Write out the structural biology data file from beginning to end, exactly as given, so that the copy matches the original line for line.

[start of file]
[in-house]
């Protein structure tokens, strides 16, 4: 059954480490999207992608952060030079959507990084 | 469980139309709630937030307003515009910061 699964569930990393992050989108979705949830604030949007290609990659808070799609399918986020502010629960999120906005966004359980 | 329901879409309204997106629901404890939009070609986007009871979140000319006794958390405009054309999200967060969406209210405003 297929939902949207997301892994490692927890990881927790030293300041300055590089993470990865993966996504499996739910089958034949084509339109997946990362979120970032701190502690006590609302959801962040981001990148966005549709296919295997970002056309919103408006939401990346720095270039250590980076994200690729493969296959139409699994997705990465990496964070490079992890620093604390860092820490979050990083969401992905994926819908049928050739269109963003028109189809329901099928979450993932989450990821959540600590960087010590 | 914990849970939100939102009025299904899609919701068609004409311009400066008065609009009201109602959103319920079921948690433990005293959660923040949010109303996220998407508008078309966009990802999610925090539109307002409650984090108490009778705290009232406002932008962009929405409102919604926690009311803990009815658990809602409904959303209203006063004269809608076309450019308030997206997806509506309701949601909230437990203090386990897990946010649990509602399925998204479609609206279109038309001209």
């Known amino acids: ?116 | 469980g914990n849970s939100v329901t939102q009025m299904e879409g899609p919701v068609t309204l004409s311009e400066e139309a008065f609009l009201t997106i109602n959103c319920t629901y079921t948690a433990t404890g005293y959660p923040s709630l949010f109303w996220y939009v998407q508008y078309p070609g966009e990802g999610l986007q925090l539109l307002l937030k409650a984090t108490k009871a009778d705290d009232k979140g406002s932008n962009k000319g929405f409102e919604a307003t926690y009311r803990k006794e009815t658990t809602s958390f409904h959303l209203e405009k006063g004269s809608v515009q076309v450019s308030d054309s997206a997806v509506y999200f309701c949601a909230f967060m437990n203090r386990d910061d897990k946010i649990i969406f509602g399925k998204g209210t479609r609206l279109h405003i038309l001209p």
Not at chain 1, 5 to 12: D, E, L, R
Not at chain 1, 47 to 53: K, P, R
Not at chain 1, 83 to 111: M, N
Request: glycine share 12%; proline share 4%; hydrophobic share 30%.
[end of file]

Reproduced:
[in-house]
């Protein structure tokens, strides 16, 4: 059954480490999207992608952060030079959507990084 | 469980139309709630937030307003515009910061 699964569930990393992050989108979705949830604030949007290609990659808070799609399918986020502010629960999120906005966004359980 | 329901879409309204997106629901404890939009070609986007009871979140000319006794958390405009054309999200967060969406209210405003 297929939902949207997301892994490692927890990881927790030293300041300055590089993470990865993966996504499996739910089958034949084509339109997946990362979120970032701190502690006590609302959801962040981001990148966005549709296919295997970002056309919103408006939401990346720095270039250590980076994200690729493969296959139409699994997705990465990496964070490079992890620093604390860092820490979050990083969401992905994926819908049928050739269109963003028109189809329901099928979450993932989450990821959540600590960087010590 | 914990849970939100939102009025299904899609919701068609004409311009400066008065609009009201109602959103319920079921948690433990005293959660923040949010109303996220998407508008078309966009990802999610925090539109307002409650984090108490009778705290009232406002932008962009929405409102919604926690009311803990009815658990809602409904959303209203006063004269809608076309450019308030997206997806509506309701949601909230437990203090386990897990946010649990509602399925998204479609609206279109038309001209």
């Known amino acids: ?116 | 469980g914990n849970s939100v329901t939102q009025m299904e879409g899609p919701v068609t309204l004409s311009e400066e139309a008065f609009l009201t997106i109602n959103c319920t629901y079921t948690a433990t404890g005293y959660p923040s709630l949010f109303w996220y939009v998407q508008y078309p070609g966009e990802g999610l986007q925090l539109l307002l937030k409650a984090t108490k009871a009778d705290d009232k979140g406002s932008n962009k000319g929405f409102e919604a307003t926690y009311r803990k006794e009815t658990t809602s958390f409904h959303l209203e405009k006063g004269s809608v515009q076309v450019s308030d054309s997206a997806v509506y999200f309701c949601a909230f967060m437990n203090r386990d910061d897990k946010i649990i969406f509602g399925k998204g209210t479609r609206l279109h405003i038309l001209p």
Not at chain 1, 5 to 12: D, E, L, R
Not at chain 1, 47 to 53: K, P, R
Not at chain 1, 83 to 111: M, N
Request: glycine share 12%; proline share 4%; hydrophobic share 30%.